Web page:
What Is Your Team Charter?
I love springtime. After a long winter, it’s a welcome to bring on the fresh smells, crisp rain, bright flowers and a renewed enthusiasm.
It’s also a great time to look at a special kind of plan I want you to consider developing.
I was recently chatting with a communications director for a global company. They’re building a brand-new team and asked for my thoughts on best practices to keep up team morale. They’re concerned about their team burning out, and they want to do what they can to ensure they are showing their team that they are prioritizing their well-being.
I recommended to them, and you, to develop a workplace wellness charter.
If you’re a team of one or a team of 10, you need a set of norms that help set boundaries around work expectations. Such a charter is a short document and shouldn’t be more than one page.
Some of you might be thinking, “Mark, you’re crazy. There’s no way I can set guardrails around my work. I’m needed 24/7!”
I disagree. I’m challenging you to establish agreed-upon expectations with your teams. Getting buy-in from your teams will show leadership, demonstrate that you care about their well-being, and ultimately could see a reduction in employee turnover which will positively impact your firm, consultancy or company.
Things that should be included in such a charter are:
Define work hours.
When I started my career, I received permission from my manager to work from 7:30 a.m. to 4:30 p.m. Pacific Time, so I could contact media on the East Coast before their deadlines and beat the afternoon traffic when commuting home.
What are the “core” business hours of your company? When is your team expected to be available? Is it 9-11 a.m. and 1-4 p.m., for example, and other times are flexible so team members can make personal arrangements? What are the expectations for working on nights and weekends? Our profession isn’t 9-5, but I’ve witnessed a lot of people burn out because they believe they’re supposed to be available all day, every day. Is that true? Discuss this with your team.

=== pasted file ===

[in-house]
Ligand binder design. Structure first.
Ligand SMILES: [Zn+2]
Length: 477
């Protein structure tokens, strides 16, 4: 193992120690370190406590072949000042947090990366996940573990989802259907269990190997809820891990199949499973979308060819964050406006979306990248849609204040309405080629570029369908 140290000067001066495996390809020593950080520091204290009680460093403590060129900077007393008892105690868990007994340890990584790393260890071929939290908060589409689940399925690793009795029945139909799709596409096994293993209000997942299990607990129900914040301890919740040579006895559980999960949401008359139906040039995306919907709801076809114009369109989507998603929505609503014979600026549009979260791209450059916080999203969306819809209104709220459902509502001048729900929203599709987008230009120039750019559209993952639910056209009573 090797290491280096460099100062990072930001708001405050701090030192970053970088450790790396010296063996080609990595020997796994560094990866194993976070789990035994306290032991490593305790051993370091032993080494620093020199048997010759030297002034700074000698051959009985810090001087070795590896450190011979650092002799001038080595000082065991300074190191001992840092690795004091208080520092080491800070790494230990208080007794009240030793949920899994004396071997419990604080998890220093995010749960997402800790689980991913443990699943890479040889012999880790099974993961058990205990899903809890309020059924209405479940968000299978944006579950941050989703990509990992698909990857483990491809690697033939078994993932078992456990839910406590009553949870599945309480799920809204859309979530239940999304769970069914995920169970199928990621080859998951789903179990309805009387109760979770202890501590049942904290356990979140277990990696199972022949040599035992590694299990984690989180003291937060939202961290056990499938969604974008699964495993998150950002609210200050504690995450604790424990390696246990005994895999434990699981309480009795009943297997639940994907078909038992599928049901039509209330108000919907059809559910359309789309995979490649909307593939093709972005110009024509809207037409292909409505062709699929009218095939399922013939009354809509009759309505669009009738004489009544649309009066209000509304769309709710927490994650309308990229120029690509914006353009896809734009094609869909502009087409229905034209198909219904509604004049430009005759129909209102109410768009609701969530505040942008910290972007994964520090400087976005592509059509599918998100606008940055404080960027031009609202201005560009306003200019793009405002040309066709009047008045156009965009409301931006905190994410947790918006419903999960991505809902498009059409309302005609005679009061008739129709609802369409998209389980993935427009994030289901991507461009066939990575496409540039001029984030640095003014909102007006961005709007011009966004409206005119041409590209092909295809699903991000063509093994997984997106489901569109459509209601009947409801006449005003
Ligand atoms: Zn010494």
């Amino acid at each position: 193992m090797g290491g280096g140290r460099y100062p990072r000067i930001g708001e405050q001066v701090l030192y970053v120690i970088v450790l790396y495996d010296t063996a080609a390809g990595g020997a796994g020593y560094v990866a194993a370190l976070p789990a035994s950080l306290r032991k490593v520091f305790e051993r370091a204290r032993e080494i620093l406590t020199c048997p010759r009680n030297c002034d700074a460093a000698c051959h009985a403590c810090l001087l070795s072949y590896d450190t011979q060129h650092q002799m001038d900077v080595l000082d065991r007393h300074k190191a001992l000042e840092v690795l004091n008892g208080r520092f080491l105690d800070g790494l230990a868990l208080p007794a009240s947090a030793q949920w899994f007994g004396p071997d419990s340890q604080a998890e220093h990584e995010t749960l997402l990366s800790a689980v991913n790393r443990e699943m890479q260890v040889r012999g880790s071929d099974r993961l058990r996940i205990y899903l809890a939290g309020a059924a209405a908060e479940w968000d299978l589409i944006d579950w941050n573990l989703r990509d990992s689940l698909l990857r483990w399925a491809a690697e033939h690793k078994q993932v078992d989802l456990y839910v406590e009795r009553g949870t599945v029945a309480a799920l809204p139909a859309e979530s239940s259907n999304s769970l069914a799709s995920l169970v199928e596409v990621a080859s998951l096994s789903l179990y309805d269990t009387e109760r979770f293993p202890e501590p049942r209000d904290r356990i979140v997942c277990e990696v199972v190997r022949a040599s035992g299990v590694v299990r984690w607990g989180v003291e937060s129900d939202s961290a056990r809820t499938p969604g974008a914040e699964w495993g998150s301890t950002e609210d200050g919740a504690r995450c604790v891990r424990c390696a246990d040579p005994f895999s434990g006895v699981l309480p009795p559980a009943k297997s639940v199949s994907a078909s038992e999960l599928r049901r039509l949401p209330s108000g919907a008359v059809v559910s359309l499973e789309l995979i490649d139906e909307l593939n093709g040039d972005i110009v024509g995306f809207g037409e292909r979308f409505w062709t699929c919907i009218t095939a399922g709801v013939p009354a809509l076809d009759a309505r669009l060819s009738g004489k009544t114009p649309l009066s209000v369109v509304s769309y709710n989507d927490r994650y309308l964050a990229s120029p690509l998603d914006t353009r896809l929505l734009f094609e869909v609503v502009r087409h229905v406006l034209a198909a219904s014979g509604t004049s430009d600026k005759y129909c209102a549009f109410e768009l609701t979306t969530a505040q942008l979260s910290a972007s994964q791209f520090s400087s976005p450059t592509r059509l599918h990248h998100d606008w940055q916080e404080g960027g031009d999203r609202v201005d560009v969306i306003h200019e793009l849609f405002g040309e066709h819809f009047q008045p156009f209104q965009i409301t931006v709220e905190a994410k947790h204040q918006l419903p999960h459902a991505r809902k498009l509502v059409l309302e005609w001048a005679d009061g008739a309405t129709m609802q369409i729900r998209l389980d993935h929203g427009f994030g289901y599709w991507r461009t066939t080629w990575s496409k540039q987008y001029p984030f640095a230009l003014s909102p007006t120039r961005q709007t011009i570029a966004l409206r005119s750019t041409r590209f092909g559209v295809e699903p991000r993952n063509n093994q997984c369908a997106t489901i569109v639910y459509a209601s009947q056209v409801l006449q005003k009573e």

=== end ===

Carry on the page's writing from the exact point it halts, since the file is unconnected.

Establish core business days.
I have written and spoken about how we, as PR professionals, are not taking our paid time off. Set guidelines that empower you and your teams to take time off. This isn’t just for in-house and agency teams. Consultants: Consider including your bill of working rights with your clients.
Have actionable backup plans.
How is your team ensuring that their established schedules and boundaries will be respected? How is your team cross-trained and equipped to effectively back each other up when taking much-deserved time off? How does your team know that their manager will go to bat to ensure time off and boundaries are being respected outside of the team?
Schedule time on a routine basis to ensure that your team is prepared to cover, not just in the case of emergency, but also so your team can take a guilt-free and well-deserved vacation!
Set a purpose for scheduling and running meetings.
We are in too many meetings. Many of them are essential; however, too many are nonessential or poorly run. What is your team’s decision process for scheduling, deciding who attends, their role, and preparing them for a successful, strategic, and actionable meeting? Documenting that for your team will go a long way to helping your colleagues reduce burnout.
Use this charter when onboarding new team members and in the interview process. Are you interviewing prospective candidates? Show them you are thinking about their well-being from day one by showing them this charter.
I’m not asking you to become an HR manager and set formal policies. Make sure that anything that is set up is per your company’s HR policies. All this said, having a plan in place will improve morale and set yourself and your team up for personal and professional success.